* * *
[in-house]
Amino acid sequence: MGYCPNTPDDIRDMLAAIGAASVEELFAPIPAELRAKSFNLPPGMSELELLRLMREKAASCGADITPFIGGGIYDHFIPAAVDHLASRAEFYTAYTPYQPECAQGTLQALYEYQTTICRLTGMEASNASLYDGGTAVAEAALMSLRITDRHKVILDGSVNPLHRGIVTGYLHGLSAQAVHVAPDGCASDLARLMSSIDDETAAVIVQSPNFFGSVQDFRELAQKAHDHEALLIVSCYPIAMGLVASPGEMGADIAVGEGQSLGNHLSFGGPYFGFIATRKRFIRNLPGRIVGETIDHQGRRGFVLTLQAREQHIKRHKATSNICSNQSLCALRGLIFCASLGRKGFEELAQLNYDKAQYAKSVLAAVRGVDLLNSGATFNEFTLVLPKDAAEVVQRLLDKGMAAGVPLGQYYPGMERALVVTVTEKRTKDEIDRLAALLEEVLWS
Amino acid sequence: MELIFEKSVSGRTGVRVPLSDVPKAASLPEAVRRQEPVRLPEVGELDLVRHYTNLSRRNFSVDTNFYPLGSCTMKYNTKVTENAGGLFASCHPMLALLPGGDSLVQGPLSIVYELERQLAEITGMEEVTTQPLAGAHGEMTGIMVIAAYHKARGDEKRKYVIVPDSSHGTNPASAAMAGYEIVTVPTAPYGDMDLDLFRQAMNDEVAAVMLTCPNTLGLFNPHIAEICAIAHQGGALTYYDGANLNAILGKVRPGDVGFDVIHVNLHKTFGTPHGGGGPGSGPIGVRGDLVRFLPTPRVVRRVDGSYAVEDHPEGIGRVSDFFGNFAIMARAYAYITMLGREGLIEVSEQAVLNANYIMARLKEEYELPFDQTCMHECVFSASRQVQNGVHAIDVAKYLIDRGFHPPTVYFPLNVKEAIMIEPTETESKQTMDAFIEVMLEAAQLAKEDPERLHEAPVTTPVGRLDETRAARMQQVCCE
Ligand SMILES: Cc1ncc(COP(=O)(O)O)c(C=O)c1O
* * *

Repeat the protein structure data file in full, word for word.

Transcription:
[in-house]
Amino acid sequence: MGYCPNTPDDIRDMLAAIGAASVEELFAPIPAELRAKSFNLPPGMSELELLRLMREKAASCGADITPFIGGGIYDHFIPAAVDHLASRAEFYTAYTPYQPECAQGTLQALYEYQTTICRLTGMEASNASLYDGGTAVAEAALMSLRITDRHKVILDGSVNPLHRGIVTGYLHGLSAQAVHVAPDGCASDLARLMSSIDDETAAVIVQSPNFFGSVQDFRELAQKAHDHEALLIVSCYPIAMGLVASPGEMGADIAVGEGQSLGNHLSFGGPYFGFIATRKRFIRNLPGRIVGETIDHQGRRGFVLTLQAREQHIKRHKATSNICSNQSLCALRGLIFCASLGRKGFEELAQLNYDKAQYAKSVLAAVRGVDLLNSGATFNEFTLVLPKDAAEVVQRLLDKGMAAGVPLGQYYPGMERALVVTVTEKRTKDEIDRLAALLEEVLWS
Amino acid sequence: MELIFEKSVSGRTGVRVPLSDVPKAASLPEAVRRQEPVRLPEVGELDLVRHYTNLSRRNFSVDTNFYPLGSCTMKYNTKVTENAGGLFASCHPMLALLPGGDSLVQGPLSIVYELERQLAEITGMEEVTTQPLAGAHGEMTGIMVIAAYHKARGDEKRKYVIVPDSSHGTNPASAAMAGYEIVTVPTAPYGDMDLDLFRQAMNDEVAAVMLTCPNTLGLFNPHIAEICAIAHQGGALTYYDGANLNAILGKVRPGDVGFDVIHVNLHKTFGTPHGGGGPGSGPIGVRGDLVRFLPTPRVVRRVDGSYAVEDHPEGIGRVSDFFGNFAIMARAYAYITMLGREGLIEVSEQAVLNANYIMARLKEEYELPFDQTCMHECVFSASRQVQNGVHAIDVAKYLIDRGFHPPTVYFPLNVKEAIMIEPTETESKQTMDAFIEVMLEAAQLAKEDPERLHEAPVTTPVGRLDETRAARMQQVCCE
Ligand SMILES: Cc1ncc(COP(=O)(O)O)c(C=O)c1O